In addition to decreased CSR, loss of ATM leads to genomic instability and an increase in AID mediated c-myc/IgH translocations (Callen et al., 2007; Ramiro et al., 2006). These aberrations are further increased by loss of DNA-PKcs catalytic activity. B cells containing chromosomal breaks or oncogenic translocations are normally eliminated via a p53 dependent pathway, which is thought to be activated in part by ATM (Ramiro et al., 2006). Our experiments show that ATM and DNA-PKcs are redundant with respect to activation of p53 and the Chk2 pathway. The combined deficiency of the two PIKKs results in a severe defect in DNA repair and activation of apoptosis, which we propose contributes to the synergistic increase in chromosomal aberrations in B cells lacking ATM and DNA-PKcs.

Upon DNA damage, the p53 tumor suppressor undergoes ATM- and Chk2-dependent phosphorylation, leading to increased transcription of target genes that promote apoptosis. It has been suggested that ATR may contribute to p53 mediated apoptosis because there is a partial defect in p53 stabilization in irradiated ATM and Chk2 deficient mice (Hirao et al., 2002; Takai et al., 2002); furthermore, there is a requirement for phosphorylation of SQ/TQ sites in Chk2 to induce ATM independent p53 activation (Hirao et al., 2002); and finally p53 activation in primary MEFs is co-dependent on ATM and ATR (Brown and Baltimore, 2003). In contrast, our results strongly suggest that ATM and DNA-PKcs collaborate to promote p53 activation in irradiated thymocytes and B cells undergoing CSR. This is consistent with the findings that ATR signaling is subject to cell cycle control, occurring primarily in S/G2 (Cuadrado et al., 2006; Jazayeri et al., 2006; Myers and Cortez, 2006; Yoo et al., 2007), whereas the vast majority of irradiation induced breaks in thymocytes, and physiological AID dependent breaks in B cells, are found in the G1 phase of the cell cycle (Petersen et al., 2001; Schrader et al., 2007). Moreover, we have found that even the residual IR induced ATR activation in thymocytes is co-dependent on ATM and DNA-PKcs, as evidenced by the abrogation of ATR dependent Chk1 phosphorylation in cells with compromised ATM and DNA-PKcs function (Figure S6B). A larger population of S phase cells in MEFs could dictate a larger role for ATR in the absence of ATM (Cimprich and Cortez, 2008).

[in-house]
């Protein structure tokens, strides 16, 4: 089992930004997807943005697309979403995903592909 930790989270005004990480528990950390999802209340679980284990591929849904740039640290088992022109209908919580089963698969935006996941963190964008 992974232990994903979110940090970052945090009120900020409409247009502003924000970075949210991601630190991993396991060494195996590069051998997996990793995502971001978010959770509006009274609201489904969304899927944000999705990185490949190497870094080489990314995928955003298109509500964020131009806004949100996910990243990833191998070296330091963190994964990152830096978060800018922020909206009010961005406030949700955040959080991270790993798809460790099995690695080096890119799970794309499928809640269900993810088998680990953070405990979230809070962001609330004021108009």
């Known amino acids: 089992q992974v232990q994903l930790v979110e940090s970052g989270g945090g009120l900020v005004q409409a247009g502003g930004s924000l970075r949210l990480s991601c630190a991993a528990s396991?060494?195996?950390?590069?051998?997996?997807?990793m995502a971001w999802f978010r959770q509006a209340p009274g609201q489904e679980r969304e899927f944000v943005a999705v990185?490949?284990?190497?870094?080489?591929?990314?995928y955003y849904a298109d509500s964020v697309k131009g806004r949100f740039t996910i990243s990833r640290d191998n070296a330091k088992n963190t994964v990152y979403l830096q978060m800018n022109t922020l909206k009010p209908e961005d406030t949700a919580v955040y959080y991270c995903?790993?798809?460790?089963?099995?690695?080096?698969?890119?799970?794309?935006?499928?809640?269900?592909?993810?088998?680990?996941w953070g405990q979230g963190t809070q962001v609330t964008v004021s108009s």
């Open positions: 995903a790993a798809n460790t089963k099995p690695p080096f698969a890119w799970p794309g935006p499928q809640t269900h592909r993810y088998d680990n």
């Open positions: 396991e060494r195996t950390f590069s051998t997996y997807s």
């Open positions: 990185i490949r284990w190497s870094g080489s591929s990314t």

If ATM and DNA-PKcs are both stimulated by the same lesion (a DSB), recruited with rapid kinetics, and have similar substrate specificity, why are CSR, chromosomal integrity, apoptosis, and substrate phosphorylation more severely compromised by the loss of ATM than of DNA-PKcs, and why are the phenotypes of ATM-/- and DNA-PKcs-/- mice so different? DSBs recruit and activate DNA-PKcs and also induce rapid ATM-dependent DNA-PKcs phosphorylation, which paradoxically contributes to the dissociation of DNA-PKcs from DNA ends (Chen et al., 2007; Merkle et al., 2002; Uematsu et al., 2007). As suggested by the defects in CSR, DNA-PKcs may play an important structural role in repair (Figure 1; Figure S4). Therefore, we propose that if a lesion fails to be repaired in a timely manner by a DNA-PKcs-dependent end-joining mechanism, ATM-mediated DNA-PKcs phosphorylation would induce dissociation of DNA-PKcs from DNA ends, while at the same time triggering cell cycle arrest, apoptosis, or delayed repair (Figure S9). In this model, DNA-PKcs would only maintain its presence at a DSB and efficiently phosphorylate DNA repair and checkpoint substrates in the absence of ATM. This switch from functioning as a structural component of the NHEJ pathway in ATM sufficient cells to a back-up signaling molecule in ATM deficient cells would explain why DNA-PKcs can have paradoxically opposite roles in the DNA damage response. For example, loss of DNA-PKcs promotes a p53-dependent checkpoint in ATM sufficient thymocytes (Guidos et al., 1996), but severely impairs p53-dependent apoptosis in ATM-/- thymocytes (Figure 6).

A non-exclusive explanation for why ATM might be the “primary” DSB kinase is that ATM signaling is associated with massive signal amplification. A small number of breaks are capable of activating most of the cellular pool of ATM (Bakkenist and Kastan, 2003), whereas full DNA-PKcs activation, measured by auto-phosphorylation, seems to require higher levels of DNA damage (Douglas et al., 2007; Uematsu et al., 2007). ATM amplification is promoted by interaction with Mre11/Rad50/Nbs1 on chromatin flanking the DSB site, whereas DNA-PKcs activation seems to be limited to the DNA end bound by Ku (You et al., 2007) (Figure S9). Taken together, the combined effect of ATM mediated rapid dissociation of DNA-PKcs from the DNA break as well as amplification of ATM signaling may explain why very few in vivo substrates for DNA-PKcs have hitherto been discovered. Consistent with both hypotheses, aberrant ATM recruitment and or amplification in Nijmegen breakage syndrome (NBS) cells and cells expressing a C-terminally truncated Nbs1 protein results in a greater dependence on DNA-PKcs-phosphorylation of H2AX (Falck et al., 2005) and Chk2 (Figure S10) relative to normal cells.